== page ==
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Children’s services seeking public’s help

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Pearson, Tony
Publication Date: 
8 Feb 2017



The availability of child care is linked to economic development, according to Jessica Anderson, executive director of North Hastings Children’s Services. Yet recent cost increases, including a significant increase in their water and wastewater bill, as well as mounting hydro costs, threaten the ability to provide it. Utilities costs were $22,000 in 2016, and will be even higher this year. Anderson has sent a letter to parents and to the community at large asking for donations to keep the child care centre open.

“Bancroft is seeking to attract new businesses and new families,” noted Anderson, “Professional and entrepreneurial couples need child care. If it isn’t available, they’ll look elsewhere.” Pointing out that NHCS is the only licensed day care in all seven municipalities in North Hastings, Anderson further observed that if they have to shut down, all that will be available are unlicensed private homes.

She stated that the rate increases last year are not enough to cover increased costs. She drew attention to the disparity which leaves northern centres receiving $3 to $12 less per child per day than those in the south. She also noted that their family resource and early years funding has been frozen since the 1990s, not even allowing cost-of-living increases. “Yet we have very few economies to make. We can’t turn the heat down. And we have to obey provincial guidelines which drive up costs – for example, we must install a new toilet. Of course, this in turn will drive up our water and sewer bill.”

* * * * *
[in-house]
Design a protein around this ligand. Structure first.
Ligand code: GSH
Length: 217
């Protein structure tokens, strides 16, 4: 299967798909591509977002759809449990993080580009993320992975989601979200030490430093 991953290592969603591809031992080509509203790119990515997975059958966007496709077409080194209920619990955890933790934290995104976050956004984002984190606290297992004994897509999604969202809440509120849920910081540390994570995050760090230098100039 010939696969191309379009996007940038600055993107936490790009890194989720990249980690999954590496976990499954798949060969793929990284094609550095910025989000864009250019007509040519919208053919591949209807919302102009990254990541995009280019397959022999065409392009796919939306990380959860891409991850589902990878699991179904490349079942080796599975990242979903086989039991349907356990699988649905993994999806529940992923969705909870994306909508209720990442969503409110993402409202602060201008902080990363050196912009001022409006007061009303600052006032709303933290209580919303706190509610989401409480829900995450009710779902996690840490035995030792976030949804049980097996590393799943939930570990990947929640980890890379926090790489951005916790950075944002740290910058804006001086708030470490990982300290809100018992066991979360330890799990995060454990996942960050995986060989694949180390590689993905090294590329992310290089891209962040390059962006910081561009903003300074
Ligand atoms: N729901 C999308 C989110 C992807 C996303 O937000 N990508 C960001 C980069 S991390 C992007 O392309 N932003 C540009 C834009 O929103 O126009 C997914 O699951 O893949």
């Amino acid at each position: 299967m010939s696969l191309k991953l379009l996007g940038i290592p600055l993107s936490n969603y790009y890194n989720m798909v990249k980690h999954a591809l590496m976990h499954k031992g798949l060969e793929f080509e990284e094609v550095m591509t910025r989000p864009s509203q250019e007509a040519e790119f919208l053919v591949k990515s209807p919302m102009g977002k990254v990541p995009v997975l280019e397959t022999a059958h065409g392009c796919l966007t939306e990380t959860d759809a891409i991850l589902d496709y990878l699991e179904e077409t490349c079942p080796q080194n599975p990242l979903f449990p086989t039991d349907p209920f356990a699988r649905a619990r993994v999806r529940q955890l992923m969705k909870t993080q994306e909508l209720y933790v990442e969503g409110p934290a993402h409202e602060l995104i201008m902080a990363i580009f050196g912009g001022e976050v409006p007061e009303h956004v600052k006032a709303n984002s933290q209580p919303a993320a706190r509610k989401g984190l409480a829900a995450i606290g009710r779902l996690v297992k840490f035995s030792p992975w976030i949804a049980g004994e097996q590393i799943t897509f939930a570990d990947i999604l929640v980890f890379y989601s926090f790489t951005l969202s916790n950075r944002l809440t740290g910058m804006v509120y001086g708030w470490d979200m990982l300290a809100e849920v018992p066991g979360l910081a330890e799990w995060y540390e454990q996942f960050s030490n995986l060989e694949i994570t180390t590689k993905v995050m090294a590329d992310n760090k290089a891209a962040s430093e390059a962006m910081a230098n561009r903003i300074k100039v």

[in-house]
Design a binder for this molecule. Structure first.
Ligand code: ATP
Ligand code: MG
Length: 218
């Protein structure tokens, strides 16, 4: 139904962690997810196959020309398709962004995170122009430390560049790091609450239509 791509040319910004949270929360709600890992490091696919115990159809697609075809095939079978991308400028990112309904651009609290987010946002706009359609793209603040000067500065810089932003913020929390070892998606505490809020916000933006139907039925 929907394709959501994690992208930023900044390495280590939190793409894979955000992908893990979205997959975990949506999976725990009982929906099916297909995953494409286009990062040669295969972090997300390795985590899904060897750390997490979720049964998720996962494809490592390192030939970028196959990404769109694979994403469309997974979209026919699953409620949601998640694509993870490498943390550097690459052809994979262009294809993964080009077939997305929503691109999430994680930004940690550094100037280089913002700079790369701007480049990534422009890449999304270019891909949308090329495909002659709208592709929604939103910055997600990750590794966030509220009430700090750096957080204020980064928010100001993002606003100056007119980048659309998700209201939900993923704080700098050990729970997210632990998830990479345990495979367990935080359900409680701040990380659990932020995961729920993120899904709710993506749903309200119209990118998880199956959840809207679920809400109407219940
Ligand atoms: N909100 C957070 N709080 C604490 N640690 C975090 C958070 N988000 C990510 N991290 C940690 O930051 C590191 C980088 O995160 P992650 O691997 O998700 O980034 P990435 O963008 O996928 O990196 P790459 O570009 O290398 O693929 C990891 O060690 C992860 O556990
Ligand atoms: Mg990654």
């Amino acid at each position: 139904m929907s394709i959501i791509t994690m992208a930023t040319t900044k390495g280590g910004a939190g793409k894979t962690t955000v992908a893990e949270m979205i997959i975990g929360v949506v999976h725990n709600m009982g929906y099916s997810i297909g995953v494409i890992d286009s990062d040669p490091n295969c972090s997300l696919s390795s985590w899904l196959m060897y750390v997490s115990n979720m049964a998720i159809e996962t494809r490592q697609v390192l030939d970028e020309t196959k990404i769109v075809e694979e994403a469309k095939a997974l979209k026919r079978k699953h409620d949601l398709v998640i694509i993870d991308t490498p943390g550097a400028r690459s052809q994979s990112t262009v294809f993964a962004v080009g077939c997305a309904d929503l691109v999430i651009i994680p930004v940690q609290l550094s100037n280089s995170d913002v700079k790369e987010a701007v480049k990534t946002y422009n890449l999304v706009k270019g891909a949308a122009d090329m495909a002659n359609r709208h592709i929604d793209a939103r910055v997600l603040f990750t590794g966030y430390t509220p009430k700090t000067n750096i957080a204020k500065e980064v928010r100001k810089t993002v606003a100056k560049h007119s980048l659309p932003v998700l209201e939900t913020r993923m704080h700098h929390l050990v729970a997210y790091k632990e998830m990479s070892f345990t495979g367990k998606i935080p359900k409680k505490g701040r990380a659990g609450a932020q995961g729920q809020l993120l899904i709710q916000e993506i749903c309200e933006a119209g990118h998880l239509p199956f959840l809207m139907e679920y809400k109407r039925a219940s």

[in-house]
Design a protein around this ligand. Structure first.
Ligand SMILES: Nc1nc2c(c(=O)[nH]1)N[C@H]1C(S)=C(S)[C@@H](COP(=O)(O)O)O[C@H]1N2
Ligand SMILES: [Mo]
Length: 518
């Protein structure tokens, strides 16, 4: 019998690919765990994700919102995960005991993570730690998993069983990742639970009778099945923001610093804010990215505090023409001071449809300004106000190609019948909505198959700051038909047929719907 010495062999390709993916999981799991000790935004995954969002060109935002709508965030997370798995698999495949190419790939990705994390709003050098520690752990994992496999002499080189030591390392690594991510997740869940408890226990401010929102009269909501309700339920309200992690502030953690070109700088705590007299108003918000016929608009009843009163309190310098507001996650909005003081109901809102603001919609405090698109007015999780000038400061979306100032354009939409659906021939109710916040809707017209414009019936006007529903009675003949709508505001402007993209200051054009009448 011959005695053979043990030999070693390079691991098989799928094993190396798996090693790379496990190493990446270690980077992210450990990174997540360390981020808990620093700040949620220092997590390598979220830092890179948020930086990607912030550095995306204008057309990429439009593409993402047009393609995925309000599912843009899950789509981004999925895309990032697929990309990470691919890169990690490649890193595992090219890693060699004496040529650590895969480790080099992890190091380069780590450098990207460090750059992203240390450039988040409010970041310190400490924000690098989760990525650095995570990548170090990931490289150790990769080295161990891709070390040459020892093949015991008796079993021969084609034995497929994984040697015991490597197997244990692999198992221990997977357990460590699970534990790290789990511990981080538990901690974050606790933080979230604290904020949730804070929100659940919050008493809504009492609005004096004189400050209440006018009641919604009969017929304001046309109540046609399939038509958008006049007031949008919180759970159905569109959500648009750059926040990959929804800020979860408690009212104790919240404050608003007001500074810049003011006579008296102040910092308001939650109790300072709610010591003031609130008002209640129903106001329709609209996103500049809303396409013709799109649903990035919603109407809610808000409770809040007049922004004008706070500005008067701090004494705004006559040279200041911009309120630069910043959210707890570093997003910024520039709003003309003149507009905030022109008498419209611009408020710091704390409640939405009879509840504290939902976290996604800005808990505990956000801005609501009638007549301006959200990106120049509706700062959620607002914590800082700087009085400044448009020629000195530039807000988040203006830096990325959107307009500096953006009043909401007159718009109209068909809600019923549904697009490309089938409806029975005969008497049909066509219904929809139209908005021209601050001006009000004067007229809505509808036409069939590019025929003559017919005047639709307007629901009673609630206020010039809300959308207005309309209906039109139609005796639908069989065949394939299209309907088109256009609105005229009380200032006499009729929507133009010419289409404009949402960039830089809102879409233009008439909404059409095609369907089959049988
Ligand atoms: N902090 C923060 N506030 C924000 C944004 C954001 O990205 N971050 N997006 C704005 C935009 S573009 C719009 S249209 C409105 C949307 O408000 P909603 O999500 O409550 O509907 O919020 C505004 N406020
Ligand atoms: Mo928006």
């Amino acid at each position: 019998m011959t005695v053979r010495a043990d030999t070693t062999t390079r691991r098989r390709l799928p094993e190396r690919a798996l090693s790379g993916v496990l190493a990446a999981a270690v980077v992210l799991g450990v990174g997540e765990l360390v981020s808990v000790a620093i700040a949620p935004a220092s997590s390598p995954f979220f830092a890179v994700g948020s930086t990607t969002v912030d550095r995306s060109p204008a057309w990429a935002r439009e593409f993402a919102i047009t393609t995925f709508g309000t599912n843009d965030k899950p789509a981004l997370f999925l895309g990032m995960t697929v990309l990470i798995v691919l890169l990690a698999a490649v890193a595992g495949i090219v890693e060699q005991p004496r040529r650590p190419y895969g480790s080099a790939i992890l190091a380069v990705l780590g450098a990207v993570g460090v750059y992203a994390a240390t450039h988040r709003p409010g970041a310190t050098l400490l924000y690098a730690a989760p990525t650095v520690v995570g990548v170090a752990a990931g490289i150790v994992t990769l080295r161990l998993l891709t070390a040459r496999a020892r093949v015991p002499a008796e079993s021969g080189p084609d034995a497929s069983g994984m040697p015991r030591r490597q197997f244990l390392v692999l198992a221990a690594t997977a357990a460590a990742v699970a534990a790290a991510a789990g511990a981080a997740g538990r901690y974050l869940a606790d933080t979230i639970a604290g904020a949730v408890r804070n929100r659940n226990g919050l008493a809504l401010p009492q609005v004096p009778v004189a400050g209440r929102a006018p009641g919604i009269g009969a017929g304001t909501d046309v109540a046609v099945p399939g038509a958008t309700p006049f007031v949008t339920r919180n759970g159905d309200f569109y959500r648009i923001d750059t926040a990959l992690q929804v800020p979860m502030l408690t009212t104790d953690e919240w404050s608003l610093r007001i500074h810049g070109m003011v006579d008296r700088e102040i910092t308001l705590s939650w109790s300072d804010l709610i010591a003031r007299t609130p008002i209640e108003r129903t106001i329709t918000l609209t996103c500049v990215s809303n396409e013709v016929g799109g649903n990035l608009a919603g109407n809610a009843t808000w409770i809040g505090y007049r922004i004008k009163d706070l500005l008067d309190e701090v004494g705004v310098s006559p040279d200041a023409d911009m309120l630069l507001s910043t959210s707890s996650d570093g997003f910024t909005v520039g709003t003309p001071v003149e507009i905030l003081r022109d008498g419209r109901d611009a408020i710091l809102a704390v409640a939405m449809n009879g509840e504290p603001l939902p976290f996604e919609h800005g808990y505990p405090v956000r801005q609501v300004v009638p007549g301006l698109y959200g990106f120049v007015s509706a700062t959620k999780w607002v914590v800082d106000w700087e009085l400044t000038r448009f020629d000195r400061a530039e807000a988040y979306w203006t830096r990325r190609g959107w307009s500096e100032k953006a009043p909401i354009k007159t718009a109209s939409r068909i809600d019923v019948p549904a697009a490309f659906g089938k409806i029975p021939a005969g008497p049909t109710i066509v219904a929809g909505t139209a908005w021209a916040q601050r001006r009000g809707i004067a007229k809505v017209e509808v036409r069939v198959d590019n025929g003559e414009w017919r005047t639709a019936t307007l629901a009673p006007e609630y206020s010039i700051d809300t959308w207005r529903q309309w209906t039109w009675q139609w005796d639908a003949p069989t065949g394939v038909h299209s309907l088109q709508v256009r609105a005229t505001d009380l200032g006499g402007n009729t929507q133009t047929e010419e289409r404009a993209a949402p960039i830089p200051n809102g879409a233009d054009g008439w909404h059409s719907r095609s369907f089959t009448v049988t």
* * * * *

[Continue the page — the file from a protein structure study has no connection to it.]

It’s not just the day care centre that worries Anderson.

“We also offer in-school and after-school programs, parenting support, playgroups, and child literacy programs. We believe these are essential because of the special needs in our area. The Canada-wide Early Development Instrument, which measures learning and social skills in kindergarten children, indicates that about 40 per cent of area children — that’s two out of five — aren’t meeting the development standards for their age.

“A lot of them show a lack of social and communication skills,” Anderson continued. “That puts them at risk for a number of undesirable outcomes later in life, including criminal behaviour. That’s why we also run violence prevention programs in the schools, in an effort to cut down bullying and school yard fighting. In all, we served over 1,500 children last year.

“So we need to invest in our children’s intellectual and social development, not cut it back. We shouldn’t add to the financial burden of making it possible — unless we want to endanger our own children’s prospects for academic achievement and eventual labour force success.

“As it is, our area has family income levels which are nearly a third below the provincial average. The number of Bancroft children in low-income families is double the national average. A third of our children live in lone-parent households. The instance of family food insecurity is double the Canadian rate. Cutting back child care can only make their situation worse.”

“It’s incredible what we have to do to find funding to keep our door open and our programs operating.” That’s why she’s now reaching out to the community for contributions, to meet these new costs, and keep day care and child development affordable. “Please e-mail me at if you can help.”

-reprinted from Bancroft This Week